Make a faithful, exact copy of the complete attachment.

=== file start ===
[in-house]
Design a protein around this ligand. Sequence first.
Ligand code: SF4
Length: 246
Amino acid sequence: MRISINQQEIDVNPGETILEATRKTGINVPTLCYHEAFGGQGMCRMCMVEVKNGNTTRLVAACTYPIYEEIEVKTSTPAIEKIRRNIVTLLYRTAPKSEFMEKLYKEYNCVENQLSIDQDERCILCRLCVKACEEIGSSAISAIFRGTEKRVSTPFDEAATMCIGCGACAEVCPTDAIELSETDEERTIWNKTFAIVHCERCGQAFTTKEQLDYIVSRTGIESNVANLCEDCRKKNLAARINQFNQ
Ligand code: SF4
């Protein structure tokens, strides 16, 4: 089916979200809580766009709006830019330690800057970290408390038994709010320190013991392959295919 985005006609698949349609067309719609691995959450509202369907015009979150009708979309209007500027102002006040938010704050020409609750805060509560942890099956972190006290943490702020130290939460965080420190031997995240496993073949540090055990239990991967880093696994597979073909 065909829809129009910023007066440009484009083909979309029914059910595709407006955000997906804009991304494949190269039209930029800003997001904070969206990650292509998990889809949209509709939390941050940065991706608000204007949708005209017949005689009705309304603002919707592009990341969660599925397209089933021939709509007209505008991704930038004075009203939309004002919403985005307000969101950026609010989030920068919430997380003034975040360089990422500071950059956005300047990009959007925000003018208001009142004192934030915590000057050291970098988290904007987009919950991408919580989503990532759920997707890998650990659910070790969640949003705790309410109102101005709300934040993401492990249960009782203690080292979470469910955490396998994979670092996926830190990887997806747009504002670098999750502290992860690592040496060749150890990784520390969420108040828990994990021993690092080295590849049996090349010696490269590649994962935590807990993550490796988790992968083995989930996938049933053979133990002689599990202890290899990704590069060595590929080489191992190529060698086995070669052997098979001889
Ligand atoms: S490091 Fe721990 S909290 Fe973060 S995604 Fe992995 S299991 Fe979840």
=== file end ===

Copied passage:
[in-house]
Design a protein around this ligand. Sequence first.
Ligand code: SF4
Length: 246
Amino acid sequence: MRISINQQEIDVNPGETILEATRKTGINVPTLCYHEAFGGQGMCRMCMVEVKNGNTTRLVAACTYPIYEEIEVKTSTPAIEKIRRNIVTLLYRTAPKSEFMEKLYKEYNCVENQLSIDQDERCILCRLCVKACEEIGSSAISAIFRGTEKRVSTPFDEAATMCIGCGACAEVCPTDAIELSETDEERTIWNKTFAIVHCERCGQAFTTKEQLDYIVSRTGIESNVANLCEDCRKKNLAARINQFNQ
Ligand code: SF4
């Protein structure tokens, strides 16, 4: 089916979200809580766009709006830019330690800057970290408390038994709010320190013991392959295919 985005006609698949349609067309719609691995959450509202369907015009979150009708979309209007500027102002006040938010704050020409609750805060509560942890099956972190006290943490702020130290939460965080420190031997995240496993073949540090055990239990991967880093696994597979073909 065909829809129009910023007066440009484009083909979309029914059910595709407006955000997906804009991304494949190269039209930029800003997001904070969206990650292509998990889809949209509709939390941050940065991706608000204007949708005209017949005689009705309304603002919707592009990341969660599925397209089933021939709509007209505008991704930038004075009203939309004002919403985005307000969101950026609010989030920068919430997380003034975040360089990422500071950059956005300047990009959007925000003018208001009142004192934030915590000057050291970098988290904007987009919950991408919580989503990532759920997707890998650990659910070790969640949003705790309410109102101005709300934040993401492990249960009782203690080292979470469910955490396998994979670092996926830190990887997806747009504002670098999750502290992860690592040496060749150890990784520390969420108040828990994990021993690092080295590849049996090349010696490269590649994962935590807990993550490796988790992968083995989930996938049933053979133990002689599990202890290899990704590069060595590929080489191992190529060698086995070669052997098979001889
Ligand atoms: S490091 Fe721990 S909290 Fe973060 S995604 Fe992995 S299991 Fe979840």